Before digital photography, every picture that ran in the pages of SI, like the one above of Yogi, had a physical counterpart—a slide (many of them Kodachromes, as famously sung about by Paul Simon). The thing about slides, beyond the obvious that you could touch them and hold them up to the light, was that you could scribble notes on them. You might use the slide mount to jot down a quick description of what's happening in the photo. You could give the mount a RETURN to stamp, if you were messengering the slide across town in those days before e-mail. And if the framed photo was a classic—say, Walter Iooss Jr.'s shot of the 49ers' Dwight Clark making "The Catch"—you would see that mount become tagged with so many stickers marking its repeated usage in the magazine that the slide would come to resemble a steamer trunk returned from a journey around the world in an even earlier time.
Today SI catalogs its photos in an electronic database—which is infinitely more efficient than the old filing cabinets full of slides, but not nearly as much fun. With the distance of time, though, these slides can be viewed in a new way: as tiny objects of art. These artifacts of a rapidly receding era of magazine publishing brim with a found beauty; a humble cardboard square somehow fuses a photographic moment with its slowly accumulating embellishments of history.
The appreciation that follows on these pages will also be presented in longer form in a new book, Slide Show (SI Books, May 2009), conceived and designed by then creative director, now special contributor Steven Hoffman and researched and written by associate editor Bill Syken. As with the small collection you see here, the book is a portfolio, a history and an investigation all at the same time (not to mention a reminder of all the crap you learned in high school transformed by photography into a sunny day).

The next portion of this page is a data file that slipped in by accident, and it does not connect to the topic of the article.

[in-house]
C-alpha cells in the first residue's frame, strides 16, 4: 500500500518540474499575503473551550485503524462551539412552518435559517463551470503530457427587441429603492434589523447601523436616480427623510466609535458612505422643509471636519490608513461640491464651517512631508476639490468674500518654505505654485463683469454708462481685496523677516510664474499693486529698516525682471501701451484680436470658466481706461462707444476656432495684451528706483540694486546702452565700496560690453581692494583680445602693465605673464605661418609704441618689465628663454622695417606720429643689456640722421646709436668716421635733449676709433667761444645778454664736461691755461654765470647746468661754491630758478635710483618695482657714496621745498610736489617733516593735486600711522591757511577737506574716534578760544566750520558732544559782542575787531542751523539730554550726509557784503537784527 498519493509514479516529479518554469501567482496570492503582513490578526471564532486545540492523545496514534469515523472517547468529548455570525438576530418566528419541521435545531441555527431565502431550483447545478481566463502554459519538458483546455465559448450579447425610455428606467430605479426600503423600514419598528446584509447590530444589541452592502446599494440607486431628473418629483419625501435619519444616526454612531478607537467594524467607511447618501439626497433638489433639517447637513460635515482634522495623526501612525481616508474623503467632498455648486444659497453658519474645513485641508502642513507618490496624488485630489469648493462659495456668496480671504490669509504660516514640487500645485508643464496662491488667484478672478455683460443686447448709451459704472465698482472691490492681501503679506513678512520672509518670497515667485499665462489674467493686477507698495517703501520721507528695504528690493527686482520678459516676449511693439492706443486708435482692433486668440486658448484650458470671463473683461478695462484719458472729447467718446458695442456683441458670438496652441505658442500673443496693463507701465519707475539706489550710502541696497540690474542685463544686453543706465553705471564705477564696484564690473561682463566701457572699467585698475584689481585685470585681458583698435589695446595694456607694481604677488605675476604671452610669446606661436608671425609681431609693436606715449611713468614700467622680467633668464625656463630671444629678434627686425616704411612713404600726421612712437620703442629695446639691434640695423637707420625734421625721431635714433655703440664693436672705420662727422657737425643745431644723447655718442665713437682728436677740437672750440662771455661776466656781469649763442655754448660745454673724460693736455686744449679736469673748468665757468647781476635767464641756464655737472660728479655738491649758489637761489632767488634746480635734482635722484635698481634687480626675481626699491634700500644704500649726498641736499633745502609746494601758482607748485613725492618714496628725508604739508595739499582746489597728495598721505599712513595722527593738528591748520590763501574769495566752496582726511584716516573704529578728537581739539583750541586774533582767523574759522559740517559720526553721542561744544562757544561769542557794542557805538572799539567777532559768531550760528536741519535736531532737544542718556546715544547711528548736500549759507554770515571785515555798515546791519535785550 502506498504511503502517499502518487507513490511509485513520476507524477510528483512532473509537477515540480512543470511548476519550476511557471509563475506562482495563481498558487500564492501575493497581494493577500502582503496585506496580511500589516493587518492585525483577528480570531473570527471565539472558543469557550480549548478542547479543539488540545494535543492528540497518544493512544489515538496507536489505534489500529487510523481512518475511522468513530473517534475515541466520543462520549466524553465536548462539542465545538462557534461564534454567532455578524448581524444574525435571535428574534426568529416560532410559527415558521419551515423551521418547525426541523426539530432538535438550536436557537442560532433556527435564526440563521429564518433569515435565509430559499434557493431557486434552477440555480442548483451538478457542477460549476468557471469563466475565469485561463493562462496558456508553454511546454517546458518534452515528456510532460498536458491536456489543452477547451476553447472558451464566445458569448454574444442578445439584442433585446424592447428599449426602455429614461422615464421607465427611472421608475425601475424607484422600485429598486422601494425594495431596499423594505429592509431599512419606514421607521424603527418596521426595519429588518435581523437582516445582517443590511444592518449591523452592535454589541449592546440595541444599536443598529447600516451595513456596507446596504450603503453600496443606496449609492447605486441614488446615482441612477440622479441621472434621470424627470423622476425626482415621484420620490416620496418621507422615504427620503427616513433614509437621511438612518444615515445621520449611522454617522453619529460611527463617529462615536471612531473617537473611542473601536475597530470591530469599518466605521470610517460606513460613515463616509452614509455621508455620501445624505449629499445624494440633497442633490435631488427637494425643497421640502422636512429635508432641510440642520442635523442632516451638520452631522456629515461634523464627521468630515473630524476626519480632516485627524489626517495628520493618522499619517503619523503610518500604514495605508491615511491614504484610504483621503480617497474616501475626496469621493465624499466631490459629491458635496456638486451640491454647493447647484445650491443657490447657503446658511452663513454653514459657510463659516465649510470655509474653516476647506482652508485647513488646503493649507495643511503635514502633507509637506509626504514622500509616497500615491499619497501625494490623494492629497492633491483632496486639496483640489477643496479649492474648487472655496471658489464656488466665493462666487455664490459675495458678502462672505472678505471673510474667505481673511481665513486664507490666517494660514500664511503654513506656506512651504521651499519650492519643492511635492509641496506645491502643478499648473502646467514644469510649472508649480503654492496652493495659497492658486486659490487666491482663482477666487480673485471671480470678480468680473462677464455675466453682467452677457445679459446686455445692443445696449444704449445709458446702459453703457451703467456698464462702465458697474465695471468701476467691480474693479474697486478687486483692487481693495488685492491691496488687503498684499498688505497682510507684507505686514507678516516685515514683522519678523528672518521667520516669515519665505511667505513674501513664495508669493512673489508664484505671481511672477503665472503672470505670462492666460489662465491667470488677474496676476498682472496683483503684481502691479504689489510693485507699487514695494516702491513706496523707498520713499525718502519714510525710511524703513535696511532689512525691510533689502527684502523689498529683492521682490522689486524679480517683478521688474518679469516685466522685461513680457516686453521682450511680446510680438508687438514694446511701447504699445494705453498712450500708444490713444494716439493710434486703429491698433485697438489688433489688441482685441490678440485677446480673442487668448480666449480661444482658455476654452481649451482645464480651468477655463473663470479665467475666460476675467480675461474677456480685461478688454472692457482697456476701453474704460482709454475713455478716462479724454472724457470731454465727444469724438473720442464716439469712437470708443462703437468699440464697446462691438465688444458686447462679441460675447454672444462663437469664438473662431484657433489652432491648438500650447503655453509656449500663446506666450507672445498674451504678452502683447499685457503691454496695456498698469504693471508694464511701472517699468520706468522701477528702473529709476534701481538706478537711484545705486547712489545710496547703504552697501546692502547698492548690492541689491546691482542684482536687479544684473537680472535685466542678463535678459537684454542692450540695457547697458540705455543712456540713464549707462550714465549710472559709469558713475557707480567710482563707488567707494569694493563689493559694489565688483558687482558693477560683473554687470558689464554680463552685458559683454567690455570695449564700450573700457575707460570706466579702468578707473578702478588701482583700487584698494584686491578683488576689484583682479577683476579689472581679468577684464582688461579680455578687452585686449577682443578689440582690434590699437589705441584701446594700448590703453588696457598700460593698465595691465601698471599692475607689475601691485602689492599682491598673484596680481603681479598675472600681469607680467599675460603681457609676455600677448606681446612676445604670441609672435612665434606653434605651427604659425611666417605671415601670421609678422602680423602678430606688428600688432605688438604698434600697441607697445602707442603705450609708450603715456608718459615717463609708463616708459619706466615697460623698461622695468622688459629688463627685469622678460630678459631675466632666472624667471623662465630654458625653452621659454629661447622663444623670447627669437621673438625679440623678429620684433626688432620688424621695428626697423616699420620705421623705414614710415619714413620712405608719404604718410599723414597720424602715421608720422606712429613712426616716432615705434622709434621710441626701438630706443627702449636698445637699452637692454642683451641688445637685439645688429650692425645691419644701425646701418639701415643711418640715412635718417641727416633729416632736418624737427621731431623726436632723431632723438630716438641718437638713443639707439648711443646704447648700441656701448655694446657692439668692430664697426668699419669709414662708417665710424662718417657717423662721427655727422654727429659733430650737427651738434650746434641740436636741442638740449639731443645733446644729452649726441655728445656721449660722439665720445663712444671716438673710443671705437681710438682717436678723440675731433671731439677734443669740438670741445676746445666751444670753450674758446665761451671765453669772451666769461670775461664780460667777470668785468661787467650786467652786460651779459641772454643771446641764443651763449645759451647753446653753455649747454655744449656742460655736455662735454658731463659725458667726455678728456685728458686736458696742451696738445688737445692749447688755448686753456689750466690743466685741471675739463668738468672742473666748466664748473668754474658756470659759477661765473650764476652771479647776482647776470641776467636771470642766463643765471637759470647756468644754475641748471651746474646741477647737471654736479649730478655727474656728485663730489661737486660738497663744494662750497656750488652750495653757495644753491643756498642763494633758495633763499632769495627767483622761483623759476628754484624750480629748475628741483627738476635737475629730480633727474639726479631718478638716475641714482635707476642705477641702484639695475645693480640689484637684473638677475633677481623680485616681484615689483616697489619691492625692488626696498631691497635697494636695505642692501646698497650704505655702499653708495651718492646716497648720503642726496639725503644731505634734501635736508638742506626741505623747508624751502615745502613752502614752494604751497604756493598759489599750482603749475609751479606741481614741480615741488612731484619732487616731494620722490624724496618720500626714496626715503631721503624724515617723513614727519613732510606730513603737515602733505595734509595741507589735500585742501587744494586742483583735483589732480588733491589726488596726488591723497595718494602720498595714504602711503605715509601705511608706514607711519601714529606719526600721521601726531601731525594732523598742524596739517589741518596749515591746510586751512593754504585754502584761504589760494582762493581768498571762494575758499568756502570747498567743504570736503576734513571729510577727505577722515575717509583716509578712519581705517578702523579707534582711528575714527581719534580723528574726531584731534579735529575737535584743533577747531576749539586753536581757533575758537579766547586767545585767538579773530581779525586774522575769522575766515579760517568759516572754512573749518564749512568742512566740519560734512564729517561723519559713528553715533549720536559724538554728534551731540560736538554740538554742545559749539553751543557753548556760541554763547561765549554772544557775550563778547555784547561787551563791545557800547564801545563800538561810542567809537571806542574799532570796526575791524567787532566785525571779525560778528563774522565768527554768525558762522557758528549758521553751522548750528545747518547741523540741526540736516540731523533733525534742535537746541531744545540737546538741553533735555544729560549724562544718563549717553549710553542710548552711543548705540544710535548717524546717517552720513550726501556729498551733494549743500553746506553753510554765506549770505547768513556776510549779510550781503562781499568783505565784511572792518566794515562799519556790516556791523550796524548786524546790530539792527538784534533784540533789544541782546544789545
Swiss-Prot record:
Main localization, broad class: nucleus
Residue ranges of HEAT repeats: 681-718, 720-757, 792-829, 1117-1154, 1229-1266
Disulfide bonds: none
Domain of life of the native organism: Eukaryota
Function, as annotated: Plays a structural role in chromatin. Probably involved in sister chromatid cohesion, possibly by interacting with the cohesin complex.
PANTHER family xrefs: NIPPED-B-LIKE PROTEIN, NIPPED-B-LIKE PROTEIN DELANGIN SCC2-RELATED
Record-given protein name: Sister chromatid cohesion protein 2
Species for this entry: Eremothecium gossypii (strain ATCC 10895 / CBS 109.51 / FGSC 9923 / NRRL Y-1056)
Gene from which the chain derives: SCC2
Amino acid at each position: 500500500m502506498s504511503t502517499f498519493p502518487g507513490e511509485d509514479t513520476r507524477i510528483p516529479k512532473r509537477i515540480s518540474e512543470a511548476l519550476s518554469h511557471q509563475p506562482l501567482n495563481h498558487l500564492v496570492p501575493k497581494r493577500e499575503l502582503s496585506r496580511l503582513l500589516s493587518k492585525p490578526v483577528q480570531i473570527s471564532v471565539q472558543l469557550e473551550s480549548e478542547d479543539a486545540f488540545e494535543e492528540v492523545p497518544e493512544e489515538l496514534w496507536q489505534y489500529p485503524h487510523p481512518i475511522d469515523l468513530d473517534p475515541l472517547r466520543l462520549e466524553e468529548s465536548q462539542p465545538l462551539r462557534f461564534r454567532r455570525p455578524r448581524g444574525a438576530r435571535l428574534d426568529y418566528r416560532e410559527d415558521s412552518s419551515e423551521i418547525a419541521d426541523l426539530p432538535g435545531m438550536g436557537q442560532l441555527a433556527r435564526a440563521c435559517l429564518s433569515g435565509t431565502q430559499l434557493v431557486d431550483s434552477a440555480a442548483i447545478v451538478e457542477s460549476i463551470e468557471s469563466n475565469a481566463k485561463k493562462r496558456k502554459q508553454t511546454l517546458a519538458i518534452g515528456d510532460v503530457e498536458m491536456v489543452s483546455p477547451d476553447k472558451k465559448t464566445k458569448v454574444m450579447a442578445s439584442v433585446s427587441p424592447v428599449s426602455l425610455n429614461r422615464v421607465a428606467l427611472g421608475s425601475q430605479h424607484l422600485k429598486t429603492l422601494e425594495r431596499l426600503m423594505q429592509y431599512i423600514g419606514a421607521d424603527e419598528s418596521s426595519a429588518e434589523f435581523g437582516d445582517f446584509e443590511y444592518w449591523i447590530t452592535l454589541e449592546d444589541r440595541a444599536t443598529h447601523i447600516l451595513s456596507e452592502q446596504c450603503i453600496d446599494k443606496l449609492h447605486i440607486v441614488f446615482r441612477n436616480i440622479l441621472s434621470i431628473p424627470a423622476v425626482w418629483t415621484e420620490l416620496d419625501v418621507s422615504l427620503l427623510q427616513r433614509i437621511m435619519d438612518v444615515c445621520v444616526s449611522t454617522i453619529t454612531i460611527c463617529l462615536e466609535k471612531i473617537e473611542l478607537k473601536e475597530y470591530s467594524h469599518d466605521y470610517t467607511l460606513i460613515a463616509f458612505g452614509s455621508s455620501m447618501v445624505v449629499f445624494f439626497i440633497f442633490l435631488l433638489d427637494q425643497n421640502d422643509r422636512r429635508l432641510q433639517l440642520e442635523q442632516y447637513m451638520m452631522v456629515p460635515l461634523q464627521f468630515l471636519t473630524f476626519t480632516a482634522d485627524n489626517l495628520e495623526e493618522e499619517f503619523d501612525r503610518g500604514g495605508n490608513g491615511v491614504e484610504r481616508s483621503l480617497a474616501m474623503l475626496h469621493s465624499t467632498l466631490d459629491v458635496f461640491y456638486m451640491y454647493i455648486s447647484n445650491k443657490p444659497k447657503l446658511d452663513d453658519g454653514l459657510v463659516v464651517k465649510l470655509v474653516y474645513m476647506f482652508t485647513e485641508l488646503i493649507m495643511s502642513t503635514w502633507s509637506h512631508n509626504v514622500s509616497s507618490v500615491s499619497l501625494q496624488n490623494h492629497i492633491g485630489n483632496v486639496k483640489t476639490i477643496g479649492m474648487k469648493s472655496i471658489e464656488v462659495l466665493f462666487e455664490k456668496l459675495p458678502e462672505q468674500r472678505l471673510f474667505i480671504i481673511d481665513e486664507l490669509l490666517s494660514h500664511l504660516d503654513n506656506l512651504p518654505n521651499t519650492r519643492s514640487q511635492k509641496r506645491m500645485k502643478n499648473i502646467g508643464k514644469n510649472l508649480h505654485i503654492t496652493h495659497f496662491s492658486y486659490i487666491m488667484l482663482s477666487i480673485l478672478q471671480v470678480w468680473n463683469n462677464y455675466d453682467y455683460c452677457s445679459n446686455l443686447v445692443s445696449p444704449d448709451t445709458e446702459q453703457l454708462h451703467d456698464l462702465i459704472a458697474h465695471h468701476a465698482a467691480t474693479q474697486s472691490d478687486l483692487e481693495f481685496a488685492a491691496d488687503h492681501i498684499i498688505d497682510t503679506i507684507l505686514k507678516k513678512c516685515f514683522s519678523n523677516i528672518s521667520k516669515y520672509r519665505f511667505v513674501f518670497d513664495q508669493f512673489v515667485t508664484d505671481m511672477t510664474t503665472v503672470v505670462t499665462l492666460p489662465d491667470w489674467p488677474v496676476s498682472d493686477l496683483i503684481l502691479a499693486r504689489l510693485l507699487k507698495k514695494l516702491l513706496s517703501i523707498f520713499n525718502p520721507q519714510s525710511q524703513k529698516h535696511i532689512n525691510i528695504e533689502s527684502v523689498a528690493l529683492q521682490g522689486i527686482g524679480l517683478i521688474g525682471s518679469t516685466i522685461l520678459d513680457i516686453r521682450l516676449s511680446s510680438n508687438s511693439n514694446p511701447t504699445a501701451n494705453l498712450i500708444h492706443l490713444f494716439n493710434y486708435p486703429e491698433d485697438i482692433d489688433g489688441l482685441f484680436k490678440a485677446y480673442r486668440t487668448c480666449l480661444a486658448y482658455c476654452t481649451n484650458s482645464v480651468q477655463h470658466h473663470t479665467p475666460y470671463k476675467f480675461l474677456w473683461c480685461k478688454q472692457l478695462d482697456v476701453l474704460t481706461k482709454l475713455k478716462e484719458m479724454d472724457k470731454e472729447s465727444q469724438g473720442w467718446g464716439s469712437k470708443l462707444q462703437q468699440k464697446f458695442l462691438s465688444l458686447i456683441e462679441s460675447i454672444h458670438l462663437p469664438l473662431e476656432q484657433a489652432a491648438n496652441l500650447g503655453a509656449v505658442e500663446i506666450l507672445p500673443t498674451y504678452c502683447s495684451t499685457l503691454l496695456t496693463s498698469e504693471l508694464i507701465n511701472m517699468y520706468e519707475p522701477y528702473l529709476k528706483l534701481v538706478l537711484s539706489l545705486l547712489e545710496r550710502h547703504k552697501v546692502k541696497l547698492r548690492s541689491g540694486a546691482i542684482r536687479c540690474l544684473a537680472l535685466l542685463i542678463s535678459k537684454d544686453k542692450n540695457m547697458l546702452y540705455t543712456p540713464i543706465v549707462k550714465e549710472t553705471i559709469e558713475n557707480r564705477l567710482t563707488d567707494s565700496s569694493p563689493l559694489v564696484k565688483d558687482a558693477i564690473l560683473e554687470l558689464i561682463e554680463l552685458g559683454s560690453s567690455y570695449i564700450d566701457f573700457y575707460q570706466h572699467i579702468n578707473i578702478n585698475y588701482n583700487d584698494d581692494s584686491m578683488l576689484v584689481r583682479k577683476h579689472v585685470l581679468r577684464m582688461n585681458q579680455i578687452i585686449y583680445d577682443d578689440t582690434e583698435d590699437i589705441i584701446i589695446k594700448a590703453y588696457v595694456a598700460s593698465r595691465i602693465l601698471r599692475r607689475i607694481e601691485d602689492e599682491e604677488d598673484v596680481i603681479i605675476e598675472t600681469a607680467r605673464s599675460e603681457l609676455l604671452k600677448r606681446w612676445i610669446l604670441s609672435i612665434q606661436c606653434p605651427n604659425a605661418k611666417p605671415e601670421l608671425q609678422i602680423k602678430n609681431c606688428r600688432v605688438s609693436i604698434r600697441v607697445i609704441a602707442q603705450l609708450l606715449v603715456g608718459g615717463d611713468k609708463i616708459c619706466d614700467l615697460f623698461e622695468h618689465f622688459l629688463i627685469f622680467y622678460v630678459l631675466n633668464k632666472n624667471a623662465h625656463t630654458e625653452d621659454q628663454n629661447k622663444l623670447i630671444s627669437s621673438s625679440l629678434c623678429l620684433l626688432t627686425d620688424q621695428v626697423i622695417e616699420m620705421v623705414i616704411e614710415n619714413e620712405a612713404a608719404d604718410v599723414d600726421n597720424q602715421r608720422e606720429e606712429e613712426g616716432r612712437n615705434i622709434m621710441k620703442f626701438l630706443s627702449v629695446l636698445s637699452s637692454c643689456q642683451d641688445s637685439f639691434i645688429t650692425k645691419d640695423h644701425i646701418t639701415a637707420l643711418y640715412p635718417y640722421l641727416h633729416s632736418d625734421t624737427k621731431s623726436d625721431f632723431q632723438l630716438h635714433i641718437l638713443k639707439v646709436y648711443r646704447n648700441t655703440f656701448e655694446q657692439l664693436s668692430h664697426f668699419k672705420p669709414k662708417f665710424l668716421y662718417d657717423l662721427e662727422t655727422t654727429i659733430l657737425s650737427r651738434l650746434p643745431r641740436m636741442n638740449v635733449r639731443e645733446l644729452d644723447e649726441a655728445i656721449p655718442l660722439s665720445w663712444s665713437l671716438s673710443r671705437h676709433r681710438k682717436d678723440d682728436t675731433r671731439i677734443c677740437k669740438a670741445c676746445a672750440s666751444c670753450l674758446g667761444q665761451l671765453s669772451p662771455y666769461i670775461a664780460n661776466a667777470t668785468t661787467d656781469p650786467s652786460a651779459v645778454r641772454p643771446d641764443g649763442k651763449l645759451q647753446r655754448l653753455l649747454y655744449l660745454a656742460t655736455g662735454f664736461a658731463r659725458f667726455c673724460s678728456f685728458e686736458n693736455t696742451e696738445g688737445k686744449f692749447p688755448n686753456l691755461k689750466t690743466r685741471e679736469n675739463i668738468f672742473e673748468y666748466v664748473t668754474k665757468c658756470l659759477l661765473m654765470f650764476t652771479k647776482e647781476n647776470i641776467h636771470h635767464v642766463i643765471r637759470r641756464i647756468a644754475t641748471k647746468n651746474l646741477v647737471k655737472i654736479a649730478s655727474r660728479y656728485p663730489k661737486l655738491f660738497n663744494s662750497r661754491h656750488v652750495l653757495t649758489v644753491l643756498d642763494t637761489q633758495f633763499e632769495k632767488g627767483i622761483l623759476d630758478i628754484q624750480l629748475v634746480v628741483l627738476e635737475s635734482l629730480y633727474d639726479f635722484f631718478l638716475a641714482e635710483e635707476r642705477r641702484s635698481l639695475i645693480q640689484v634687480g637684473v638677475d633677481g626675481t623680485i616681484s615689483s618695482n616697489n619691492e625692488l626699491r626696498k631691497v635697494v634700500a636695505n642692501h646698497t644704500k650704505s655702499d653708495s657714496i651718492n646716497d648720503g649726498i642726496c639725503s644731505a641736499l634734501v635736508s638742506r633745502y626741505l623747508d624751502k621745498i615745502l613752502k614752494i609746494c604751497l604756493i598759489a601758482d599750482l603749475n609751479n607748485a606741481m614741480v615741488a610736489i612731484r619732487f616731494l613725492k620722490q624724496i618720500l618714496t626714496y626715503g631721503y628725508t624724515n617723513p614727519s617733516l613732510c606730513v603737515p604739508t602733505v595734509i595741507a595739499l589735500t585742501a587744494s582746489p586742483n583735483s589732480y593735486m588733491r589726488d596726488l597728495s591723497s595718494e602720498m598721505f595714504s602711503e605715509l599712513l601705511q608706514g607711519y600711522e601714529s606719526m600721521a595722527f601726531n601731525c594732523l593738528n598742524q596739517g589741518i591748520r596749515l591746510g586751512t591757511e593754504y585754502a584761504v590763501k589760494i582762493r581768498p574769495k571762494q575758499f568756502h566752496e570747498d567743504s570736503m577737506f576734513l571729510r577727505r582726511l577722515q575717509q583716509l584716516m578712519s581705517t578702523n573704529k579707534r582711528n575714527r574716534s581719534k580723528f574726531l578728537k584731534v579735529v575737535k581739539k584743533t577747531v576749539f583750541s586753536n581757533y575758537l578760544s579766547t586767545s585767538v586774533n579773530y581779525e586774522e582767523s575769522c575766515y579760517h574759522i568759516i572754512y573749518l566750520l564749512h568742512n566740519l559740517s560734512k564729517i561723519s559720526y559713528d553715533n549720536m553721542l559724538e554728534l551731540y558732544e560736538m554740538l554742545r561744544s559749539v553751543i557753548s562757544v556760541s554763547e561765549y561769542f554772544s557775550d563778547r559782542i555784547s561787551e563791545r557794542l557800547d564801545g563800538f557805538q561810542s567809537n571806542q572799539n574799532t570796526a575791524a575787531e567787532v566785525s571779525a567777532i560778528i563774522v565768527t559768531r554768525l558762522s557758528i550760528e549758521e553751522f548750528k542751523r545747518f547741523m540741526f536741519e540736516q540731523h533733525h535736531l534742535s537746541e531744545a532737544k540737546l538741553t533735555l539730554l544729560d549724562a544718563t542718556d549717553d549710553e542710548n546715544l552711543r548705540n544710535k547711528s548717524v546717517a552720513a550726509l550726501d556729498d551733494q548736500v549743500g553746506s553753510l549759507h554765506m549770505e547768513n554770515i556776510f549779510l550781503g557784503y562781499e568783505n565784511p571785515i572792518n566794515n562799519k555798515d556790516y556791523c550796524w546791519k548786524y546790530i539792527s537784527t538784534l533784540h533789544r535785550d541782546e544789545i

HOW TO READ A SLIDE
THE BLUE STICKER
This indicates that a photograph has been used in either an SI book or in SPORTS ILLUSTRATED KIDS.
Many slides carry printed labels detailing what is happening in the photo. These labels are more prose than poetry, usually limited to the who, what, where and when.
THE YELLOW STICKER
This identifies the issue in which the photo ran. In this case it was a 1996 Chicago Bulls championship commemorative, created by SI's specialty publications division, SPORTS ILLUSTRATED PRESENTS (SIP for short). More often these stickers carry an issue date from the regular weekly edition.
Before digital images could be transported electronically, slides were mailed or couriered for outside use. Often duplicates were made. These stamps mark this slide as an original—with a concerned caretaker at home.
Older slide mounts needed to be cut open when the image was scanned. The mounts would then be reassembled with tape.
THE X NUMBER
Every photographer at every event is assigned a unique X number used for precise cataloging. So every shot John W. McDonough took at this game would be marked X41516. Another photographer at the same game would have a different X number.
TAKE, FRAME, ROLL
Shots are further cataloged by take (generally a commonsense grouping, such as all shots from the first half of a game), by frame and by film roll. This photo, therefore, is from Take 1, Frame 8, Roll 17.
INTO THE SYSTEM
A red dot means the photo has been scanned into SI's electronic photo library.
Some photos, like this one by Neil Leifer, have appeared in books and been marked by publishers with their own annotations.
FIT TO PRINT
The dimensions are a sizing instruction to the technician who is making a physical print from the photograph, for framing or another use.
On slides with no printed label, the only caption information is often just an editor's quick scribble. That's the case for this shot of Austria's Franz Klammer, about to make a gold medal run in the 1976 Olympics.